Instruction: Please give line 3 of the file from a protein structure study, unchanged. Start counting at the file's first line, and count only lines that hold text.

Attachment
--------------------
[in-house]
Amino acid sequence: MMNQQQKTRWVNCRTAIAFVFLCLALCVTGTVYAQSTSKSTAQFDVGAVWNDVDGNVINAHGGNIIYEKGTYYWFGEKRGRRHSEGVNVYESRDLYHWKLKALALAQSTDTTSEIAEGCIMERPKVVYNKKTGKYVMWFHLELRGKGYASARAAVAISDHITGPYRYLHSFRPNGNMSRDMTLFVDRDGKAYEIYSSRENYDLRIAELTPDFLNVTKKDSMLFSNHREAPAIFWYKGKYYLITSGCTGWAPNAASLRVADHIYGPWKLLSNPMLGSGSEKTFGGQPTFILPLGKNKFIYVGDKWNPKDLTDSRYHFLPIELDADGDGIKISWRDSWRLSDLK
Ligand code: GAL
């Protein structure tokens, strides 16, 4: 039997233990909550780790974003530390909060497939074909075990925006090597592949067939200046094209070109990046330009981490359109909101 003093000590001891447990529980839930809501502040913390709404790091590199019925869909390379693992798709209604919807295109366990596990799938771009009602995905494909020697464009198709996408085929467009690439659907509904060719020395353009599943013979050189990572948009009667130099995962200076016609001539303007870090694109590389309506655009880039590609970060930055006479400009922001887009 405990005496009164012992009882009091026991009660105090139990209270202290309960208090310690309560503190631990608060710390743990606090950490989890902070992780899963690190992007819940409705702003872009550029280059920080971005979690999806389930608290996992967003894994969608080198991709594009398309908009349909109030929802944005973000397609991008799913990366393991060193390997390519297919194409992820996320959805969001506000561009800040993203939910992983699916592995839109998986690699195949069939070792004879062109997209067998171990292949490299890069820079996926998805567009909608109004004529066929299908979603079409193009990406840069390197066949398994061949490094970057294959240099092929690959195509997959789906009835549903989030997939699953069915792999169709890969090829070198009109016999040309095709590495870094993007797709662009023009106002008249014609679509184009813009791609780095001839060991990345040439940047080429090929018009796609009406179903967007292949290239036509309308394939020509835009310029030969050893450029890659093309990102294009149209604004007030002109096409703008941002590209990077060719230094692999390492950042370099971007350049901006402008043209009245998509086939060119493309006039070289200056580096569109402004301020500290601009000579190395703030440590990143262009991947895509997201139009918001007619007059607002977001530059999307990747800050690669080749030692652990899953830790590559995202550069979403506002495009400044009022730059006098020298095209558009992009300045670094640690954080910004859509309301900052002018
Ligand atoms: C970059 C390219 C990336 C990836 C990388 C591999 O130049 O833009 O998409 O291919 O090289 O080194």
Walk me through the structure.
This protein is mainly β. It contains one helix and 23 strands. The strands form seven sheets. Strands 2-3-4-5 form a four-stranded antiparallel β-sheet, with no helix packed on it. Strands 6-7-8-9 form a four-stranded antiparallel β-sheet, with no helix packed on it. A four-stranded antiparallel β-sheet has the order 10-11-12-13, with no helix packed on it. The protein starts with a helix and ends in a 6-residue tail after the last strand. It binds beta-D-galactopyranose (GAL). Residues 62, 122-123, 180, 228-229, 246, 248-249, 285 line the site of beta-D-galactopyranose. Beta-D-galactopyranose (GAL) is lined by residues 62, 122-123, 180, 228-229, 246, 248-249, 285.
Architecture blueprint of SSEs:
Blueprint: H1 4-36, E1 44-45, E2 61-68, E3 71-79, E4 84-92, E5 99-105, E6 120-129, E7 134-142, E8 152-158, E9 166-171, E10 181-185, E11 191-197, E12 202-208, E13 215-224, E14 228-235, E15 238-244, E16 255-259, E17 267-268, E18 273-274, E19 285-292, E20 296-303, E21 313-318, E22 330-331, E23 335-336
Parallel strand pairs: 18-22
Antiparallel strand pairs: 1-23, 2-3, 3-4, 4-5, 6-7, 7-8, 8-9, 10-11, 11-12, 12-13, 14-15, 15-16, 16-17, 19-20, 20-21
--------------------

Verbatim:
Ligand code: GAL